There are definitely issues to be investigated here, and it is not going to be helped if people are taking the fifth, as Forkner himself has done. He might want to reconsider that.


The issue that resulted in the crashes was angle of attack sensors reporting broken data, which caused MCAS to nose down the plane; this is absolutely not what the pilots are talking about.

Everything else that has been discussed (whether the pilots should have been told how to disable it and tried it in the simulator, whether Boeing should have added the second vane or even a third one on all planes, etc.) fundamentally depends on having incorrect data from the sensors and the plane not being able to deal with that.

The exchange might hint that MCAS had an awful design history, but even a perfect MCAS could have had issues if supplied with incorrect sensor data; garbage in, garbage out. Now if there was somewhere an email about the lack of a voting system on vane readings, that would be another story.


The issue is the undocumented (and obfuscated) behavior of the airplane after the failure of a single AofA sensor.


Right, and it has nothing to do with the issue reported by the test pilots in the simulator.


I see what you mean - there is no evidence (at least in the transcript) that the problems were in response to a simulated system failure, and the actual MCAS seemed to work well enough when nothing was broken.


I truly don't know what runs through the head of a writer or editor who hits publish on a story with this title right now.

Surely they must know that they're actively misleading people with it. That putting it out into a world where ten times as many people read headlines as entire articles means they're lying to ten times as many people as they're informing.


This has been happening from the start of the 737 MAX situation.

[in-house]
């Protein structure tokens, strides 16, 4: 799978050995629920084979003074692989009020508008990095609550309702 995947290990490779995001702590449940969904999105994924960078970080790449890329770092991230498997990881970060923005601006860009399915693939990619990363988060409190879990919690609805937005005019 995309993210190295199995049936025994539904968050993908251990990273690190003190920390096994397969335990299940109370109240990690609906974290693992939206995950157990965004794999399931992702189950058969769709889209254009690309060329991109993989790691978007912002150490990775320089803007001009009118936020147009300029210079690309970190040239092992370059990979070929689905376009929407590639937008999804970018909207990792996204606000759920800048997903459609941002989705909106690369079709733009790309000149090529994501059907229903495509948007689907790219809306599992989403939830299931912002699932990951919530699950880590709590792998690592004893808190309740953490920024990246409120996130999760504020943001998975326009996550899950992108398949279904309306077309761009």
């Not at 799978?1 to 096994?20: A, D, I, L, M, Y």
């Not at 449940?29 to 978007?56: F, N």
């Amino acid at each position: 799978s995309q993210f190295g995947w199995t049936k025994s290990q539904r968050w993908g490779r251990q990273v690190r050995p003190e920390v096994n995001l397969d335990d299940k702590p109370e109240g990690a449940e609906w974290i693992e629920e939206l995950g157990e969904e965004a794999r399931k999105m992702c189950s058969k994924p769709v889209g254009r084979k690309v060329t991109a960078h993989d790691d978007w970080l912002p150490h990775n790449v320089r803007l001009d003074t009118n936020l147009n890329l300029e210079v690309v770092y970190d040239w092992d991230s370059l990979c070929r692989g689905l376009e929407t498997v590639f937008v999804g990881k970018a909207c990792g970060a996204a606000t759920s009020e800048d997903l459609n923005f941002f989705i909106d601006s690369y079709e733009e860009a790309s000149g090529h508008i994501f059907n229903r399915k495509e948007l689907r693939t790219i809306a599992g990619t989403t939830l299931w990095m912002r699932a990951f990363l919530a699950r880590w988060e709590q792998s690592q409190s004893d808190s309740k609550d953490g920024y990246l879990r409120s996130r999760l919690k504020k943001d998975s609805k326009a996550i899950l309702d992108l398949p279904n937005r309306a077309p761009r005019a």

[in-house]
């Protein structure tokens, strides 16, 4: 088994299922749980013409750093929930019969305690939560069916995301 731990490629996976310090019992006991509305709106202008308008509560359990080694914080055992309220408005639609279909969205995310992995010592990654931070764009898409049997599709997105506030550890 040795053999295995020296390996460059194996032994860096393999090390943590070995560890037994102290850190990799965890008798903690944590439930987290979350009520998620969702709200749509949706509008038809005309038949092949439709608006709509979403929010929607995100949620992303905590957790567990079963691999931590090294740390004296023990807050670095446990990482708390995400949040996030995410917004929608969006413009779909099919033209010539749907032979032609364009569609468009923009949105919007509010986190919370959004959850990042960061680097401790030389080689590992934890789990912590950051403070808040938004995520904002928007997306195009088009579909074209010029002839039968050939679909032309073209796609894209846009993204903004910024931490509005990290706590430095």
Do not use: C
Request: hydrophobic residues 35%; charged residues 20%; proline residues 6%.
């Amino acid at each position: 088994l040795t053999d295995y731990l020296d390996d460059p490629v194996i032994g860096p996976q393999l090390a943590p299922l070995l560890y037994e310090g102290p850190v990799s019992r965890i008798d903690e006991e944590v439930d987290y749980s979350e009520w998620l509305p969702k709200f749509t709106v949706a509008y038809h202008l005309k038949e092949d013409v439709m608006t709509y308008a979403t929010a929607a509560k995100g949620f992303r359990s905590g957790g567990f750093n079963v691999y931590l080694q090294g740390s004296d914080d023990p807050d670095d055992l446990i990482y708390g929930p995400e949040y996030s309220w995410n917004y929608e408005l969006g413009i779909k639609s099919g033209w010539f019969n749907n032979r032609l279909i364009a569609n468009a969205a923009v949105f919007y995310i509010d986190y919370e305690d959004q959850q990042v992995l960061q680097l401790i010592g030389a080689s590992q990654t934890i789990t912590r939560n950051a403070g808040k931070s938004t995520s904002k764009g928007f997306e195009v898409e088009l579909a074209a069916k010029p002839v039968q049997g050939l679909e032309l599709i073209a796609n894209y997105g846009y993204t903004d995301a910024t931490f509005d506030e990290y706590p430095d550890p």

It has been incredibly eye-opening to see how the media will amplify and outright misrepresent the facts of a situation to create outrage/clicks/uptake/whatever. I know a little bit about aviation and chat to commercial pilots so watching the media coverage and comparing it to what the people in the industry are saying has been a bit bewildering and eye opening. I can only assume the media is equally manipulative in all other subject matters where I don't know enough to discern.


Right from the start, except, right from the start media reports have consistently understated Boeing’s involvement.

Thats what allowed the FAA to prevent grounding the MAXs until days after the 2nd crash and only after nearly every other regulator in the world had grounded it.

The fact that anyone can complain that this situation has been presented in a way that is unfair to Boeing is remarkable.


Thanks for the clarification. The article also mentions that the same pilot who sent some of the text messages voucher for the safety of the plane to FAA regulators. It looks like whatever concerns he had, he chalked up to issues in the simulator itself.


Indeed if this was the case this story would be a far bigger deal.


This is now marked as a dupe, so not likely to garner much more traffic, but I am curious what the “M.2” refers to in the transcript?

Also, it’s pretty clear to me that they are confused by the parameters of when MCAS should be active and how much trim it should be applying. They are trying to figure out if the sim code is broken or out of sync with the spec. They are asking for spreadsheets identify exactly which flight envelopes it should be activating under.

This transcript perhaps demonstrates a cultural problem at Boeing around a safety critical system. What it doesn’t actually show is that Boeing knew about the specific MCAS issue that contributed to crashing two planes.

A question in my mind is what happened between this exchange and the next time this pilot went to the FAA to tell them to keep MCAS out of the docs.

I really hope they can trace this all the way to the top and not simply hang this test pilot out to dry.


M.2 is mach 0.2 - the speed range in which MCAS was active had been expanded downwards.

Your second paragraph is precisely to the point, and it is not clear to me whether these two pilots were ever given enough correct information to make an informed decision about the safety of MCAS.


Looks like https://en.wikipedia.org/wiki/Whistleblower protection assurance is not efficient; Time to amend it;


There are no whistleblowers in this story... both pilots signed off on the safety and the guys lawyer is arguing the conversation is being misinterpreted.

> “If you read the whole chat, it is obvious that there was no ‘lie,’” David Gerger, a lawyer for Forkner, said in an email. “The simulator was not reading right and had to be fixed to fly like the real plane. Mark’s career -- at Air Force, at FAA, and at Boeing -- was about safety. And based on everything he knew, he absolutely thought this plane was safe.”